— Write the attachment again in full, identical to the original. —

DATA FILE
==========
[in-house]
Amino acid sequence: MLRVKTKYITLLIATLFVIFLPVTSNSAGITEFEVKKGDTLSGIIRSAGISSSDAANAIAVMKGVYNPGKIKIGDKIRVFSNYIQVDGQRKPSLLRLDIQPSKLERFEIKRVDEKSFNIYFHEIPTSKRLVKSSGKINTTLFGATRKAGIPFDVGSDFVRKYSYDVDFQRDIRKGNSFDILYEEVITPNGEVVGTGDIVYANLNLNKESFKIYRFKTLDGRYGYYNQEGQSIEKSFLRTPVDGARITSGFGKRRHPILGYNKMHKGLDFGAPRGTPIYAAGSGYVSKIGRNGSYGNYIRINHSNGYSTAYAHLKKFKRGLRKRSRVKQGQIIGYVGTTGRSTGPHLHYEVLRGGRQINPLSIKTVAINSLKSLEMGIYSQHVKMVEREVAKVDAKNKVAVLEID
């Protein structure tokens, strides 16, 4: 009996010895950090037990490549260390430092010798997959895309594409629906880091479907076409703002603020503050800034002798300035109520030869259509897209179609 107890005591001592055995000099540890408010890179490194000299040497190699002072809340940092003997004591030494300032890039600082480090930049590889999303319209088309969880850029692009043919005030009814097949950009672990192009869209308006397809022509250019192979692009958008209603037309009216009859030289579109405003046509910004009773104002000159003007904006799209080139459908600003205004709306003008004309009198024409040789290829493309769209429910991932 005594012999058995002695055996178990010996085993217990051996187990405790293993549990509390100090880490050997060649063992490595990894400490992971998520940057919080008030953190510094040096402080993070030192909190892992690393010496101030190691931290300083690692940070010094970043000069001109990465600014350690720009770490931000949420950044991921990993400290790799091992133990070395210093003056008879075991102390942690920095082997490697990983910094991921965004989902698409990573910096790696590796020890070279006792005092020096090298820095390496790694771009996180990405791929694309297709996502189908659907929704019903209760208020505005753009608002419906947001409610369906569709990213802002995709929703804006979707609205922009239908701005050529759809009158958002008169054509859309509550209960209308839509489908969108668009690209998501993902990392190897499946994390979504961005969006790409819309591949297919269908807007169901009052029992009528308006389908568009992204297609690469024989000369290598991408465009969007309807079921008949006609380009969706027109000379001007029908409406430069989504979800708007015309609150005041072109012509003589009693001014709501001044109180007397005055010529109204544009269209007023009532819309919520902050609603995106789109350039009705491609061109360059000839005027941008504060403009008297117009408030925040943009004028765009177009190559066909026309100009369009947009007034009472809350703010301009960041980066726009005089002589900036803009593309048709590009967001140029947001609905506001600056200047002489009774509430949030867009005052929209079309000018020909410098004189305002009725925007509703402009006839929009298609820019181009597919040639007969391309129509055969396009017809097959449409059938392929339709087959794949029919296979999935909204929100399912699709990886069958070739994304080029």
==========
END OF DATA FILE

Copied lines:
[in-house]
Amino acid sequence: MLRVKTKYITLLIATLFVIFLPVTSNSAGITEFEVKKGDTLSGIIRSAGISSSDAANAIAVMKGVYNPGKIKIGDKIRVFSNYIQVDGQRKPSLLRLDIQPSKLERFEIKRVDEKSFNIYFHEIPTSKRLVKSSGKINTTLFGATRKAGIPFDVGSDFVRKYSYDVDFQRDIRKGNSFDILYEEVITPNGEVVGTGDIVYANLNLNKESFKIYRFKTLDGRYGYYNQEGQSIEKSFLRTPVDGARITSGFGKRRHPILGYNKMHKGLDFGAPRGTPIYAAGSGYVSKIGRNGSYGNYIRINHSNGYSTAYAHLKKFKRGLRKRSRVKQGQIIGYVGTTGRSTGPHLHYEVLRGGRQINPLSIKTVAINSLKSLEMGIYSQHVKMVEREVAKVDAKNKVAVLEID
């Protein structure tokens, strides 16, 4: 009996010895950090037990490549260390430092010798997959895309594409629906880091479907076409703002603020503050800034002798300035109520030869259509897209179609 107890005591001592055995000099540890408010890179490194000299040497190699002072809340940092003997004591030494300032890039600082480090930049590889999303319209088309969880850029692009043919005030009814097949950009672990192009869209308006397809022509250019192979692009958008209603037309009216009859030289579109405003046509910004009773104002000159003007904006799209080139459908600003205004709306003008004309009198024409040789290829493309769209429910991932 005594012999058995002695055996178990010996085993217990051996187990405790293993549990509390100090880490050997060649063992490595990894400490992971998520940057919080008030953190510094040096402080993070030192909190892992690393010496101030190691931290300083690692940070010094970043000069001109990465600014350690720009770490931000949420950044991921990993400290790799091992133990070395210093003056008879075991102390942690920095082997490697990983910094991921965004989902698409990573910096790696590796020890070279006792005092020096090298820095390496790694771009996180990405791929694309297709996502189908659907929704019903209760208020505005753009608002419906947001409610369906569709990213802002995709929703804006979707609205922009239908701005050529759809009158958002008169054509859309509550209960209308839509489908969108668009690209998501993902990392190897499946994390979504961005969006790409819309591949297919269908807007169901009052029992009528308006389908568009992204297609690469024989000369290598991408465009969007309807079921008949006609380009969706027109000379001007029908409406430069989504979800708007015309609150005041072109012509003589009693001014709501001044109180007397005055010529109204544009269209007023009532819309919520902050609603995106789109350039009705491609061109360059000839005027941008504060403009008297117009408030925040943009004028765009177009190559066909026309100009369009947009007034009472809350703010301009960041980066726009005089002589900036803009593309048709590009967001140029947001609905506001600056200047002489009774509430949030867009005052929209079309000018020909410098004189305002009725925007509703402009006839929009298609820019181009597919040639007969391309129509055969396009017809097959449409059938392929339709087959794949029919296979999935909204929100399912699709990886069958070739994304080029």